On October 4th, I attended the Knoxville Academy of Medicine Alliance’s 65th annual Fashiondrama: Be Your Own Kind Of Beautiful at Gettysvue Country Club. Each table is simply but beautifully decorated with Bucket of Beautiful centerpieces by ZPots and Vnoelle’s, and a slim rose gold pin with a jewel at the top rests at each place setting. Co-chairs Cynthia Gash & Robin Hutchins stand together as guests arrive and the event they began planning in mid-February finally comes to fruition. “It’s a nervous happy,” says Gash. “When this event comes together each year, it reinforces the support from the community and the dedication of our members to further KAMA’s mission.”
The mission is to promote health education programs that impact the welfare of the community and to encourage friendship among its membership. The inaugural event was called “Fashionata” in 1954, and served as KAMA’s primary fundraiser to support nursing scholarships. In 1961, the event adopted its present-day name, “Fashiondrama.” Proceeds are distributed each spring in the form of medical and nursing scholarships and grants for local health-related nonprofit organizations. KAMA Philanthropic reports, “In the past 5 years, KAMA’s Philanthropic fund has distributed more than $400,000 in medical and nursing scholarships and grants to local health-related nonprofits and initiatives.”
“The event is so much fun!” says Hutchins. “The support we get from the community through our corporate and event sponsors, our fashion sponsors, and those who attend our event ultimately allows the mission of KAMA to succeed.”
Over the years, I’ve attended several events and KAMA comes up with something different to keep the event fresh. This year’s theme, Be Your Own Kind Of Beautiful, reflects a belief that “each person is a precious creation, uniquely beautiful, ‘fearfully and wonderfully made.’ Each person inherently embodies and expresses Your Own Kind of Beautiful in her spirit, style, traits, talents, and efforts.”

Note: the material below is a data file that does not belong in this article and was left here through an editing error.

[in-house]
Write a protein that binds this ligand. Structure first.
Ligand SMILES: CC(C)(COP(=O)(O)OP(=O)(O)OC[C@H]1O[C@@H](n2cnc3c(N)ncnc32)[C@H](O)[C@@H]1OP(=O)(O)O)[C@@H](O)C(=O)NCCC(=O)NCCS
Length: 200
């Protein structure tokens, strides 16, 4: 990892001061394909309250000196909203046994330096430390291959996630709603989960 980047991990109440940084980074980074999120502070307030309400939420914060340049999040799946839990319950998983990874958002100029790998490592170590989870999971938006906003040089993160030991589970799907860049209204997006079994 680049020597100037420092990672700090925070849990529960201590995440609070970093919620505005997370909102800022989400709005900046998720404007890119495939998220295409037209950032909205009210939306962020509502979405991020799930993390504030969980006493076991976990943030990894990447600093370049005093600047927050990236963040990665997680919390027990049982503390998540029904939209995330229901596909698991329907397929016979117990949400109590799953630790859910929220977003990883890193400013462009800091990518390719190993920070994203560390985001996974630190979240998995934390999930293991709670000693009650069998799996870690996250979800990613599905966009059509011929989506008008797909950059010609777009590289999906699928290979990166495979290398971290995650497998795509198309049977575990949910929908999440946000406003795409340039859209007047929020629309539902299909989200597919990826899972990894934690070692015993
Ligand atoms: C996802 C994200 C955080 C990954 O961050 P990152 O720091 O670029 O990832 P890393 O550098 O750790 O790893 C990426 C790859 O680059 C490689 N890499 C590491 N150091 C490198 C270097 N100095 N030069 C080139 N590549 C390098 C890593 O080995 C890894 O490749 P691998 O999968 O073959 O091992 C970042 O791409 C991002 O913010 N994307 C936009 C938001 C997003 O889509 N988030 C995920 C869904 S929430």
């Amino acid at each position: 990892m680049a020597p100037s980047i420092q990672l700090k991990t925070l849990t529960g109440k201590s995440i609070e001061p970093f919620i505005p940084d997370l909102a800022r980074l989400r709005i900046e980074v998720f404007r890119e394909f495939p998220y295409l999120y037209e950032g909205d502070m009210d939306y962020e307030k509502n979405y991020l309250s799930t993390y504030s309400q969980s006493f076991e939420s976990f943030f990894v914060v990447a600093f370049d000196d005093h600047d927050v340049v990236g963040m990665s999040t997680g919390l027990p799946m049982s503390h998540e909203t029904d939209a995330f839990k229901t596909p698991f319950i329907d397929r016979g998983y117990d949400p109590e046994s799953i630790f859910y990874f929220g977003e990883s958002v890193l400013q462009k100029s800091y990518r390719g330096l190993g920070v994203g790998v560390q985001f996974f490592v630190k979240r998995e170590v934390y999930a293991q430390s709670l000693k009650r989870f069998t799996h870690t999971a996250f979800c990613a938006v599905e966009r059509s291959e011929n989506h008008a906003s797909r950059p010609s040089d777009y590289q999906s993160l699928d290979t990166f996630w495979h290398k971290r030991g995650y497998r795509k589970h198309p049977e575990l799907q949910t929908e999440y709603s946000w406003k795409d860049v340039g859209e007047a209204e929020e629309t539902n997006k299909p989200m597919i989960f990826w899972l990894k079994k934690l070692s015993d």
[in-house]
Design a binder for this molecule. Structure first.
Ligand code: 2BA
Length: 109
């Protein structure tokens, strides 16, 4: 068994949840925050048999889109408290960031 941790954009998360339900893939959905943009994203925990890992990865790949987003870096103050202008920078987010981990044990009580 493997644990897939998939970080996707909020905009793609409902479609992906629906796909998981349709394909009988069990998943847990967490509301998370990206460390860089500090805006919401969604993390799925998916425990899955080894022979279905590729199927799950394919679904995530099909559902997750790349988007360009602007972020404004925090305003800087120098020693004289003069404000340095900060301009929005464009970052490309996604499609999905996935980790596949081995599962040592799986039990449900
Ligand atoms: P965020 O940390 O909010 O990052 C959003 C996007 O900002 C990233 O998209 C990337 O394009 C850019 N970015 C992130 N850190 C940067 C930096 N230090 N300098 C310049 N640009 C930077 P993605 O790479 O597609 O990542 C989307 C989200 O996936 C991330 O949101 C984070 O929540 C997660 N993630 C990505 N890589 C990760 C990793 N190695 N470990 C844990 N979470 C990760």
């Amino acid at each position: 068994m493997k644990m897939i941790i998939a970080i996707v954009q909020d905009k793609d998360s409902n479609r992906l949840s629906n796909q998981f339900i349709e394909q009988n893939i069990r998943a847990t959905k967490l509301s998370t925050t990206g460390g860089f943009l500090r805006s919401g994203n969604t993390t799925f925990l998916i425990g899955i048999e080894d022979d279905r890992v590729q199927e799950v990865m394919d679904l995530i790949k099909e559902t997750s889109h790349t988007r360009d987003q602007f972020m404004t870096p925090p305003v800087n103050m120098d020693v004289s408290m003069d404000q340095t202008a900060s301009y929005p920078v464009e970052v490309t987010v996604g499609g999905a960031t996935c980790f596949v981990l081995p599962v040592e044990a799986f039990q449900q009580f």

In their welcoming remarks for the event, Gash & Hutchins said, “We are inspired and motivated by strong women everywhere who strive in their own beautiful ways to make the world a better place. Our message is one of acknowledgement and affirmation: there are many kinds of beautiful—embrace your own and seek to recognize it in others.”
On the surface it’s a fashion show—beautiful clothes, beautiful people, and high energy music— which create the perfect environment to showcase external beauty. But below the surface, you see truth. The local runway models are volunteers of all shapes and sizes who understand and believe in the mission of KAMA. Gash reflects,, “The longevity of this event and its success [are] remarkable. For 65 years, the community has truly shown up to support us as we seek to improve health care in the area by providing scholarships to future doctors and nurses and by granting much needed funds to important health initiatives. We believe that members of our community see value in the mission of KAMA.”
From my table in the center of a square runway—preventing a bad seat in the house—I recognize the models who expertly dressed in clothing from Janice Ann’s Fashions, Virginia Jane Clothing and Gifts, and M.S. McClellan & Co. I know many of them and am excited to watch them proudly display what I’m told are some of the top trending styles this fall. Pearl embellishments are everywhere. Flared pants and jeans give a friendly nod to that 70’s throwback we can’t help but love. Chunky accessories brighten with pops of color and animal prints are present. The most incredible pair of leather and knit skinny pants made my toes literally tingle!
I sit impressed at the conclusion of the show as the ladies of KAMA take down the model blocks and roll up the runway. I asked Gash how an event like Fashiondrama continues to work so well and appeal to so many different types of women. She said, “I love this group of ladies. There is so much talent. We just work together well.”
There are currently 120 members of the Knoxville Academy of Medicine Alliance and many of them helped plan, volunteer or attend the event. They sold over 100 tickets, outfitted 40 models, arranged for 3 runway fashion vendors and 2 live mannequin fashion vendors, and accepted donations of 21 silent auction items with a retail value of approximately $8,000. Numbers will be finalized in late November, but KAMA has no doubt that Fashiondrama 2018 was a success. Which leaves us with two questions: how will KAMA reinvent this event for 2019 and will you be there?